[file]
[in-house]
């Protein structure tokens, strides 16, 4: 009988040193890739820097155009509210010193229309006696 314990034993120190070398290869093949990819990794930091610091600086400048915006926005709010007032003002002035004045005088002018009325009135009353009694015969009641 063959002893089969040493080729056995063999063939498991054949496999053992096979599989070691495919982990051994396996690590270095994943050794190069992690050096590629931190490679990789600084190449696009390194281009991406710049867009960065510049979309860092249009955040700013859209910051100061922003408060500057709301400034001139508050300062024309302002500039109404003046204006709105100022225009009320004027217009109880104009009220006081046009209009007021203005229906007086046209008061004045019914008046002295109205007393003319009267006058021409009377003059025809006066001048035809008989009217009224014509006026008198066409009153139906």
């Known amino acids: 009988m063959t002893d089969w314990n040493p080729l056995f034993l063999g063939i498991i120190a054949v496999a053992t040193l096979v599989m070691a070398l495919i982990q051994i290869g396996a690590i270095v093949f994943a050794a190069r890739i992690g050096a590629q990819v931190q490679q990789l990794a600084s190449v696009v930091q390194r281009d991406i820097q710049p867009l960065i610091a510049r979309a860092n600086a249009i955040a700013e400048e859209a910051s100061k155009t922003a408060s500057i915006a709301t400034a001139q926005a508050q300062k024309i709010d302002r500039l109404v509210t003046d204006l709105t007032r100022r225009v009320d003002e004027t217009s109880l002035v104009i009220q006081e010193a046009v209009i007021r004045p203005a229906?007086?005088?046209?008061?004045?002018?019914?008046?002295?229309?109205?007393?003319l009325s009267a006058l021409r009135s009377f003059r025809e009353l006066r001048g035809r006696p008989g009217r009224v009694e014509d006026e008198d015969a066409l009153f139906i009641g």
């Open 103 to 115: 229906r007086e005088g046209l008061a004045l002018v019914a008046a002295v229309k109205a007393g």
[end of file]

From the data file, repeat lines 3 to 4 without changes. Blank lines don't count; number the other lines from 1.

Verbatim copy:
């Known amino acids: 009988m063959t002893d089969w314990n040493p080729l056995f034993l063999g063939i498991i120190a054949v496999a053992t040193l096979v599989m070691a070398l495919i982990q051994i290869g396996a690590i270095v093949f994943a050794a190069r890739i992690g050096a590629q990819v931190q490679q990789l990794a600084s190449v696009v930091q390194r281009d991406i820097q710049p867009l960065i610091a510049r979309a860092n600086a249009i955040a700013e400048e859209a910051s100061k155009t922003a408060s500057i915006a709301t400034a001139q926005a508050q300062k024309i709010d302002r500039l109404v509210t003046d204006l709105t007032r100022r225009v009320d003002e004027t217009s109880l002035v104009i009220q006081e010193a046009v209009i007021r004045p203005a229906?007086?005088?046209?008061?004045?002018?019914?008046?002295?229309?109205?007393?003319l009325s009267a006058l021409r009135s009377f003059r025809e009353l006066r001048g035809r006696p008989g009217r009224v009694e014509d006026e008198d015969a066409l009153f139906i009641g």
């Open 103 to 115: 229906r007086e005088g046209l008061a004045l002018v019914a008046a002295v229309k109205a007393g």